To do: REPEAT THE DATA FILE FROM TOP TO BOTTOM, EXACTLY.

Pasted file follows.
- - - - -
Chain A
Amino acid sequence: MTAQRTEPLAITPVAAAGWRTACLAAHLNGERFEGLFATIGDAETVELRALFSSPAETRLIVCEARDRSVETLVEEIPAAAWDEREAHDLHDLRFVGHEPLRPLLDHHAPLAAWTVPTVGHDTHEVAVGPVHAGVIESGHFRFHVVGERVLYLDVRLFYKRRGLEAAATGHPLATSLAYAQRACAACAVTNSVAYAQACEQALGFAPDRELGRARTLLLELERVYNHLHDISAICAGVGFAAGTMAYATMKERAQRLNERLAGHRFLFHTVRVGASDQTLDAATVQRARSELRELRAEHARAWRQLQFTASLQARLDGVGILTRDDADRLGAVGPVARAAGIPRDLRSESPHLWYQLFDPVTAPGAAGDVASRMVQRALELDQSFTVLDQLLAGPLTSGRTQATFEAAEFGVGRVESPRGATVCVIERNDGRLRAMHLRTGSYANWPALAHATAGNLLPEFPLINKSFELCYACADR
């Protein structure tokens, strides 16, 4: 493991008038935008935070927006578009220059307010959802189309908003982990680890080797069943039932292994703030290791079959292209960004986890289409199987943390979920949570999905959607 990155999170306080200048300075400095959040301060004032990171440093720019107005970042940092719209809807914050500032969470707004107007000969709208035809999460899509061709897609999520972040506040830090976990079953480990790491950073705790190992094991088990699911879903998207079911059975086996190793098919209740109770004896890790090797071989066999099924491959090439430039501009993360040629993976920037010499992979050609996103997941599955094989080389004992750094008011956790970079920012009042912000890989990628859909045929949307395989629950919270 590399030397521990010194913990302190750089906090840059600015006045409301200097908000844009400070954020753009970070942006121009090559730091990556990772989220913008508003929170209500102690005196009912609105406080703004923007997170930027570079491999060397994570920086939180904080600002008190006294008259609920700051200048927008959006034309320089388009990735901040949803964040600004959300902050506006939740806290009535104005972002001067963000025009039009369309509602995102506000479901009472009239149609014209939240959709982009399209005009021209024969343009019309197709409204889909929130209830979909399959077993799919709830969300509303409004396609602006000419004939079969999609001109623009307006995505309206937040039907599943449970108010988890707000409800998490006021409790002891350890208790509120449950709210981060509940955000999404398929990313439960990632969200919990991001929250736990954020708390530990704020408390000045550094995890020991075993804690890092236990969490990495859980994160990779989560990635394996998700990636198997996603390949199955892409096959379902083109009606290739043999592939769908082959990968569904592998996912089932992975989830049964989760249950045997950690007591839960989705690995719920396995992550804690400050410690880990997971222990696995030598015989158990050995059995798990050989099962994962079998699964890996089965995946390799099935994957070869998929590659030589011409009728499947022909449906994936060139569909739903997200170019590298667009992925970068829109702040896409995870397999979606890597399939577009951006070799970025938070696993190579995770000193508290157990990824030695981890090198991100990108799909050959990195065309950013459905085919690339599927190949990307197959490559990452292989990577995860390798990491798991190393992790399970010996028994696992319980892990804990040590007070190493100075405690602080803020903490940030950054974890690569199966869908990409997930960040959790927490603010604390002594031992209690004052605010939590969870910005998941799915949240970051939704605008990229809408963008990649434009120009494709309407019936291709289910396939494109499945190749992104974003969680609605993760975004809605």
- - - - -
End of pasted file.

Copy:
Chain A
Amino acid sequence: MTAQRTEPLAITPVAAAGWRTACLAAHLNGERFEGLFATIGDAETVELRALFSSPAETRLIVCEARDRSVETLVEEIPAAAWDEREAHDLHDLRFVGHEPLRPLLDHHAPLAAWTVPTVGHDTHEVAVGPVHAGVIESGHFRFHVVGERVLYLDVRLFYKRRGLEAAATGHPLATSLAYAQRACAACAVTNSVAYAQACEQALGFAPDRELGRARTLLLELERVYNHLHDISAICAGVGFAAGTMAYATMKERAQRLNERLAGHRFLFHTVRVGASDQTLDAATVQRARSELRELRAEHARAWRQLQFTASLQARLDGVGILTRDDADRLGAVGPVARAAGIPRDLRSESPHLWYQLFDPVTAPGAAGDVASRMVQRALELDQSFTVLDQLLAGPLTSGRTQATFEAAEFGVGRVESPRGATVCVIERNDGRLRAMHLRTGSYANWPALAHATAGNLLPEFPLINKSFELCYACADR
């Protein structure tokens, strides 16, 4: 493991008038935008935070927006578009220059307010959802189309908003982990680890080797069943039932292994703030290791079959292209960004986890289409199987943390979920949570999905959607 990155999170306080200048300075400095959040301060004032990171440093720019107005970042940092719209809807914050500032969470707004107007000969709208035809999460899509061709897609999520972040506040830090976990079953480990790491950073705790190992094991088990699911879903998207079911059975086996190793098919209740109770004896890790090797071989066999099924491959090439430039501009993360040629993976920037010499992979050609996103997941599955094989080389004992750094008011956790970079920012009042912000890989990628859909045929949307395989629950919270 590399030397521990010194913990302190750089906090840059600015006045409301200097908000844009400070954020753009970070942006121009090559730091990556990772989220913008508003929170209500102690005196009912609105406080703004923007997170930027570079491999060397994570920086939180904080600002008190006294008259609920700051200048927008959006034309320089388009990735901040949803964040600004959300902050506006939740806290009535104005972002001067963000025009039009369309509602995102506000479901009472009239149609014209939240959709982009399209005009021209024969343009019309197709409204889909929130209830979909399959077993799919709830969300509303409004396609602006000419004939079969999609001109623009307006995505309206937040039907599943449970108010988890707000409800998490006021409790002891350890208790509120449950709210981060509940955000999404398929990313439960990632969200919990991001929250736990954020708390530990704020408390000045550094995890020991075993804690890092236990969490990495859980994160990779989560990635394996998700990636198997996603390949199955892409096959379902083109009606290739043999592939769908082959990968569904592998996912089932992975989830049964989760249950045997950690007591839960989705690995719920396995992550804690400050410690880990997971222990696995030598015989158990050995059995798990050989099962994962079998699964890996089965995946390799099935994957070869998929590659030589011409009728499947022909449906994936060139569909739903997200170019590298667009992925970068829109702040896409995870397999979606890597399939577009951006070799970025938070696993190579995770000193508290157990990824030695981890090198991100990108799909050959990195065309950013459905085919690339599927190949990307197959490559990452292989990577995860390798990491798991190393992790399970010996028994696992319980892990804990040590007070190493100075405690602080803020903490940030950054974890690569199966869908990409997930960040959790927490603010604390002594031992209690004052605010939590969870910005998941799915949240970051939704605008990229809408963008990649434009120009494709309407019936291709289910396939494109499945190749992104974003969680609605993760975004809605």